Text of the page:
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March 1944

Special Forces Operations in March 1944

March 3rd, 1944
Battle for Anzio
No. 9 Commando.

March 11th, 1944 – March 23rd, 1944
Long-range patrols behind enemy lines.
Commandos, Royal Marine Commandos, Royal Navy Beach Commandos
No. 5 Commando, No. 44 (RM) Commando, Royal Navy Beach Commandos, Hotel. Their mission is patrolling behind enemy lines near Alethangaw, Burma.

No. 5 Commando lands behind the Japanese lines near Alethangaw. For a couple of weeks, they carry out patrols in the Japanese rear. They capture Buthidaung and the Japanese stronghold of Razabil after which No. 5 Commando returns to the coast at Maungdaw to be followed later by No. 44 (RM) Commando. Two troops of this commando suffer heavy casualties on March 23rd, 1944, when they are ambushed in a narrow defile on their way back after being called out to help extricate an artillery battery from an exposed defile.

March 17th, 1944 – March 20th, 1944
Operation Detained
Commandos, Operational Group, Office of Strategic Services
No. 2 Commando, Yugoslavian/American Operational Group, Office of Strategic Services (OSS), Greek/American Operational Group, Office of Strategic Services (OSS), three Landing Ship Infantry, three Landing Craft Assault. Their mission is to capture or destroy enemy garrison concentrated in town of Grohote, Island of Šolta.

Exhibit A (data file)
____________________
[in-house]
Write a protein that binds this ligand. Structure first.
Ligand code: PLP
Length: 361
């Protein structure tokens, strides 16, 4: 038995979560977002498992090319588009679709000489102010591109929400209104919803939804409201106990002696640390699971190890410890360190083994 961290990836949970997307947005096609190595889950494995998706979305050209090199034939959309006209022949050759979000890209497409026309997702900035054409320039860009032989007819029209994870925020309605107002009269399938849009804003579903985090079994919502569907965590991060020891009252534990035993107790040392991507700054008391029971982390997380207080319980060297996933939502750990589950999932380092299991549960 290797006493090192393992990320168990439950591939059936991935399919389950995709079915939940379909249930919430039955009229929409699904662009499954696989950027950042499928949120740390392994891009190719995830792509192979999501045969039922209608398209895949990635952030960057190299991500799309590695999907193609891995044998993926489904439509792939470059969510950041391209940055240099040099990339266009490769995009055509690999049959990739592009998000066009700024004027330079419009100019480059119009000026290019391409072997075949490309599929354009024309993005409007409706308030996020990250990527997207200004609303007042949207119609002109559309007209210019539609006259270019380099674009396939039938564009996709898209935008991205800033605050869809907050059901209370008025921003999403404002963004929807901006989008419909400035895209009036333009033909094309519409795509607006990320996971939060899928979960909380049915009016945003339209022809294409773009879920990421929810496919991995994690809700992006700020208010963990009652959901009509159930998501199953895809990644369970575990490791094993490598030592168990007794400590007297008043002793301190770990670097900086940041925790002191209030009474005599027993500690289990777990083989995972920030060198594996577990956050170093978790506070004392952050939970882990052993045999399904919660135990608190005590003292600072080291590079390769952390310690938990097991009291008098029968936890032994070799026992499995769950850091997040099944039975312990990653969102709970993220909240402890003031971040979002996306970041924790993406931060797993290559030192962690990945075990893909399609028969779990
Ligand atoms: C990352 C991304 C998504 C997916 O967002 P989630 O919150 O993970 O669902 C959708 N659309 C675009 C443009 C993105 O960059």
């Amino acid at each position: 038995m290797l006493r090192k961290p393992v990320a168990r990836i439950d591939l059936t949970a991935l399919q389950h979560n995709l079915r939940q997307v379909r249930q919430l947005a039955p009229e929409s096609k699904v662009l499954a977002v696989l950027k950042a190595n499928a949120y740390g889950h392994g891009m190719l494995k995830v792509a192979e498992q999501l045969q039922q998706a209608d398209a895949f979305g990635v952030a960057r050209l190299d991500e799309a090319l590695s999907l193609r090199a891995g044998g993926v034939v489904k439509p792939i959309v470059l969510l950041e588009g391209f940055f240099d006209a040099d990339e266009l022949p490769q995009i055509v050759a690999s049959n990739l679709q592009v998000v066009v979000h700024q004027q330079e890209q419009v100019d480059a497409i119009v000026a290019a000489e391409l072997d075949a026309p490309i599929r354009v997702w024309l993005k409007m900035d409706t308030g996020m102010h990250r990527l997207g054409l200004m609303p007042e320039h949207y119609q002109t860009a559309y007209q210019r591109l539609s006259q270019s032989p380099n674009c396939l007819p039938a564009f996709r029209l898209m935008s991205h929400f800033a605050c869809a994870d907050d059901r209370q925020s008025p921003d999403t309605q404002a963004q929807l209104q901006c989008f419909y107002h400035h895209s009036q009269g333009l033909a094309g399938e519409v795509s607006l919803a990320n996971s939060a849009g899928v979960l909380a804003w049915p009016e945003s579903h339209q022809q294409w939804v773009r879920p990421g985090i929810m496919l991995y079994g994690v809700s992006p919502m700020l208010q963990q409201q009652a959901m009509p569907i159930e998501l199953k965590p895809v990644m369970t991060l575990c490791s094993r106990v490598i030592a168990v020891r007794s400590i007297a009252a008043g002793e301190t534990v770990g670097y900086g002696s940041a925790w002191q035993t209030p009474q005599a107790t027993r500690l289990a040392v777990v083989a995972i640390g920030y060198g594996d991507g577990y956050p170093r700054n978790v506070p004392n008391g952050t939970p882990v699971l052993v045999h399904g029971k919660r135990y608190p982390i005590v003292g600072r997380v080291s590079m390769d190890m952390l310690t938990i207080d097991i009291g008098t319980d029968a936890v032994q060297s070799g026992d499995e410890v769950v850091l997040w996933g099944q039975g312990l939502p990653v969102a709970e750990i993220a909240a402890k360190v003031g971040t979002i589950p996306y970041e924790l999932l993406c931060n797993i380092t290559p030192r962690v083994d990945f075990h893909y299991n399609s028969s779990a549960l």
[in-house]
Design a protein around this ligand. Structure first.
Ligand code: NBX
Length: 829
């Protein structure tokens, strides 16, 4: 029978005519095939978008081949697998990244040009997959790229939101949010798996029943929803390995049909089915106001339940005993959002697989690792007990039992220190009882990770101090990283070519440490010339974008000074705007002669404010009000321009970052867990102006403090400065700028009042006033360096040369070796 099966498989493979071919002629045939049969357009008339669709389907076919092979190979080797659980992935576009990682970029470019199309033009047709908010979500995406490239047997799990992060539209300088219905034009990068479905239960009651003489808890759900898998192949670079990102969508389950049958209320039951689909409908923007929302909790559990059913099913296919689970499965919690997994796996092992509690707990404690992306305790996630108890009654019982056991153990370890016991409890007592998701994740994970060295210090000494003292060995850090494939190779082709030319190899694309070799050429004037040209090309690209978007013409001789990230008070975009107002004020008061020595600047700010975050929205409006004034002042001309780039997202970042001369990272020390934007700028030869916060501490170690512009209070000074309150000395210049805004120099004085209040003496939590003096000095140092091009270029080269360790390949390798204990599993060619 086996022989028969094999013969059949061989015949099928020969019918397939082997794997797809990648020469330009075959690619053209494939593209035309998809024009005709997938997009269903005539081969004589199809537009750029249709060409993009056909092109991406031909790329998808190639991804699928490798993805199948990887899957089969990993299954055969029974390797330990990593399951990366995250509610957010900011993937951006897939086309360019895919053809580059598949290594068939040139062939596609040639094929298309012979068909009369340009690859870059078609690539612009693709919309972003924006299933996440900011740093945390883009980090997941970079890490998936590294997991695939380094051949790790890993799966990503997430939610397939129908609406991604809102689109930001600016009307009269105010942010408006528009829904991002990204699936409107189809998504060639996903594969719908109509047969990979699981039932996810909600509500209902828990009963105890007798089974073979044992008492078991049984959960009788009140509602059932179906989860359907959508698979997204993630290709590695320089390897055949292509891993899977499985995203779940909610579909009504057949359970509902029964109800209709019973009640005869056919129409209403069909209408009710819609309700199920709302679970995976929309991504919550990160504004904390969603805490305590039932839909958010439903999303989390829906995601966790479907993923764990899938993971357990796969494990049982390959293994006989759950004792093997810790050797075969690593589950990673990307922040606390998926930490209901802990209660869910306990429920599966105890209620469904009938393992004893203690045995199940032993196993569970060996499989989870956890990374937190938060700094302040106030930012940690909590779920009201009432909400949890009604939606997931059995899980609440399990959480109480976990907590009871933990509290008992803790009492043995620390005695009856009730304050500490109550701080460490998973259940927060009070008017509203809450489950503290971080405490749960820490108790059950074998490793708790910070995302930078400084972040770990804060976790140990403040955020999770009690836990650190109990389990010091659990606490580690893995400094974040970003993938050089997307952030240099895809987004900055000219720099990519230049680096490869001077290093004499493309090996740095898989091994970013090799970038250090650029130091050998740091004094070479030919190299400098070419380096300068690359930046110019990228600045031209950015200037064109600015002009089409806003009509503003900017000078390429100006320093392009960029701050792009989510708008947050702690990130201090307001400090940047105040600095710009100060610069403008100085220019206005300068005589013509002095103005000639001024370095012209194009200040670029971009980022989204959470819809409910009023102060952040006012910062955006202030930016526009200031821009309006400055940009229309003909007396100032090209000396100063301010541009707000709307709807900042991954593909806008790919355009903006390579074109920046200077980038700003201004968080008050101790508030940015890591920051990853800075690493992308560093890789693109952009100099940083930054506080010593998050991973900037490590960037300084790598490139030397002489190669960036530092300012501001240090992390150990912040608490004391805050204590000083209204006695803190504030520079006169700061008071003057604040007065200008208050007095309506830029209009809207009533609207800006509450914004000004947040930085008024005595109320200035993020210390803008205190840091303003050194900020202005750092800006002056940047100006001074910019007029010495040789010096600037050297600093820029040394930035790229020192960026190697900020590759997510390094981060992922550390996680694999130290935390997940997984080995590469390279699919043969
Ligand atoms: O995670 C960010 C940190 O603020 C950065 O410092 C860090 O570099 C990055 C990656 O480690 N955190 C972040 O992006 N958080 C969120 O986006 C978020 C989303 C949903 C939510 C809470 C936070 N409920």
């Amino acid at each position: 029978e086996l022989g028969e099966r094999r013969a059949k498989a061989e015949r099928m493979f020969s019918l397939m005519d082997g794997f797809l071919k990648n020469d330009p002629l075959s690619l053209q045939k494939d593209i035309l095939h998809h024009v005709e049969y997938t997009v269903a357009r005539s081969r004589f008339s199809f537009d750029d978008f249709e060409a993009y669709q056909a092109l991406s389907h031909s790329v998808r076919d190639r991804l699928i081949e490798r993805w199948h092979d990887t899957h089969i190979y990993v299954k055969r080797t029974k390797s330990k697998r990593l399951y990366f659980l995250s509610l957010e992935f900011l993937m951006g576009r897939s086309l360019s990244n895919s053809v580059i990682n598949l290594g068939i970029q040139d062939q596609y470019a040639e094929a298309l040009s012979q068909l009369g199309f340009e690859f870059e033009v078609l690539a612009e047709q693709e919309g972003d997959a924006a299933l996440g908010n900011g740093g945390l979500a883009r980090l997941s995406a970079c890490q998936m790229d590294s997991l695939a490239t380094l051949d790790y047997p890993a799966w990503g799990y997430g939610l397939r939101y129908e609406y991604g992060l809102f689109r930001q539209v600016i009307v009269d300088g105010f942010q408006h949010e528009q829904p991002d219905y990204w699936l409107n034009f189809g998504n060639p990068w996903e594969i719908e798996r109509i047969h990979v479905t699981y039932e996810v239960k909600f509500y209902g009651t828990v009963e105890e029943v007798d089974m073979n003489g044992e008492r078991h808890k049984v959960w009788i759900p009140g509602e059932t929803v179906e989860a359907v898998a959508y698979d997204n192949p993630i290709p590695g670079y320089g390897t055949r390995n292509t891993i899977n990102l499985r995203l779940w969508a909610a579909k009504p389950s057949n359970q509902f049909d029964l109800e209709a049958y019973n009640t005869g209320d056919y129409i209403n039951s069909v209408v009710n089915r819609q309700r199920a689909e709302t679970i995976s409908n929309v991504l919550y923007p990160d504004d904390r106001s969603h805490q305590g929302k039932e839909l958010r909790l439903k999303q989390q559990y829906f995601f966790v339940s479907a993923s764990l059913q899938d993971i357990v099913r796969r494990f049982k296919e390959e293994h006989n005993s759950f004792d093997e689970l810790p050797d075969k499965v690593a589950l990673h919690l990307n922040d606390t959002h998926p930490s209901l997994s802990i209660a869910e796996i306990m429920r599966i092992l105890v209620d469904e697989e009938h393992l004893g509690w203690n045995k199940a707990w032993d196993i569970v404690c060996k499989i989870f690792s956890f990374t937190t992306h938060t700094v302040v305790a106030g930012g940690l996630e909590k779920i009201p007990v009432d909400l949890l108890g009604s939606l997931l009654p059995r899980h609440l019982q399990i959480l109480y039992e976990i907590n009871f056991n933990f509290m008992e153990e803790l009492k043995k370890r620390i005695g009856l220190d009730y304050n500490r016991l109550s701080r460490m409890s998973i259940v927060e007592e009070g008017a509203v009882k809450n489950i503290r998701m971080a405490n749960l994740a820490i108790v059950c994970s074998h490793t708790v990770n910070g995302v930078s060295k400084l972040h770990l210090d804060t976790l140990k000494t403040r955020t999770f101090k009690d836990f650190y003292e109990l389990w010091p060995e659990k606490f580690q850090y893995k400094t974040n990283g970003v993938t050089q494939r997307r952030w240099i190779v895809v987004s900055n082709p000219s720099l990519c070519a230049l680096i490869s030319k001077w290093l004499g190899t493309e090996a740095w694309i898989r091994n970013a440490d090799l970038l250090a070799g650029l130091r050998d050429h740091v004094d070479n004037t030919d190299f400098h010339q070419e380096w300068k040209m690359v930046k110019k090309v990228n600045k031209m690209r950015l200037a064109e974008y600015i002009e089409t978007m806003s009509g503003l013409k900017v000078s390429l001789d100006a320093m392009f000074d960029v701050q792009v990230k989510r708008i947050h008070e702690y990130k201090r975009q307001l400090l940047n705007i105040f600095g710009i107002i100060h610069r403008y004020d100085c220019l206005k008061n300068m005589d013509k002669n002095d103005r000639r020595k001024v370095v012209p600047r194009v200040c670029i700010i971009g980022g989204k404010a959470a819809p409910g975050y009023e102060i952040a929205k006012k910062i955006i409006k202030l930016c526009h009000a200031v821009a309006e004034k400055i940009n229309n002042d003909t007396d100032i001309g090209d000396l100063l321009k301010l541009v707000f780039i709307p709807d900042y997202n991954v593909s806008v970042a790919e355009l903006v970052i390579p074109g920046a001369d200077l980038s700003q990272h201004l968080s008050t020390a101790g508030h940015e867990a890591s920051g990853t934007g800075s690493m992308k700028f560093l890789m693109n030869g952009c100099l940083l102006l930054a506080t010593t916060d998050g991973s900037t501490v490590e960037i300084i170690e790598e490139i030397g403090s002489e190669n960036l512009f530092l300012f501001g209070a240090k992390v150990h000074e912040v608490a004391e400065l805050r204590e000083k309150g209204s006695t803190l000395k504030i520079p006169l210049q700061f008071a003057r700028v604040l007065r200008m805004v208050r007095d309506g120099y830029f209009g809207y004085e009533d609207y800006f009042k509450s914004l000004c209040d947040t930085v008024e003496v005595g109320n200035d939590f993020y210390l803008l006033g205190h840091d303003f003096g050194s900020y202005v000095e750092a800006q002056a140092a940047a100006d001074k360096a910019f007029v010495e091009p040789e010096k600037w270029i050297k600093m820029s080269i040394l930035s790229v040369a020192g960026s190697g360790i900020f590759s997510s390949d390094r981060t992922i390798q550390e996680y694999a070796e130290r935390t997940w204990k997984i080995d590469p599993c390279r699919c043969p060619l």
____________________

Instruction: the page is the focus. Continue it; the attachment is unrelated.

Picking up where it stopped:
The assault force lands unopposed and after moving into their objective area they offer the German garrison to surrender. The Germans refuse and the assault force hits them with everything they have. After some heavy bombing by British aircraft the German garrison surrenders. By 12:30 all actions have seized and the Assault Force reembarks. Another convoy sails to the Island to evacuate every civilian that wants to leave the island. By March 20th, 1944, the operation is ended.

The Assault Force suffers two men killed and fifteen wounded, mostly to the effects of bombs from their own aircraft, and the Germans suffered six men killed, and 105 captured, most of the latter in wounded condition. The air attack cost the villagers of Grohota two persons killed and four injured.

March 19th, 1944
Unternhemen Margarethe
SS-Fallschirmjäger-Bataillon 500
It is not completely clear what the exploits of SS-Fallschirmjäger-Batallion 500 are during Unternehmen Margarethe. They are probably part of the XXII Gebirgs-Armeekorps (Hubert Lanz) that invades the country from Serbia and Slavonia.

In the early hours, while the Hungarian delegation is returning, the German troops began their invasion. The involved units are the XXII Gebirgs-Armeekorps (Hubert Lanz) from Serbia and Slavonia, the LXIX Armeekorps (Ernst Dehner) from Croatia, the LVIII Reserve-Panzerkorps (Walter Krüger) from the Vienna area, and the LXXVIII Armeekorps z. b. V. from the Krakow area. Hermann Foertsch, Chief of Staff of von Weichs, coordinated the action from Vienna.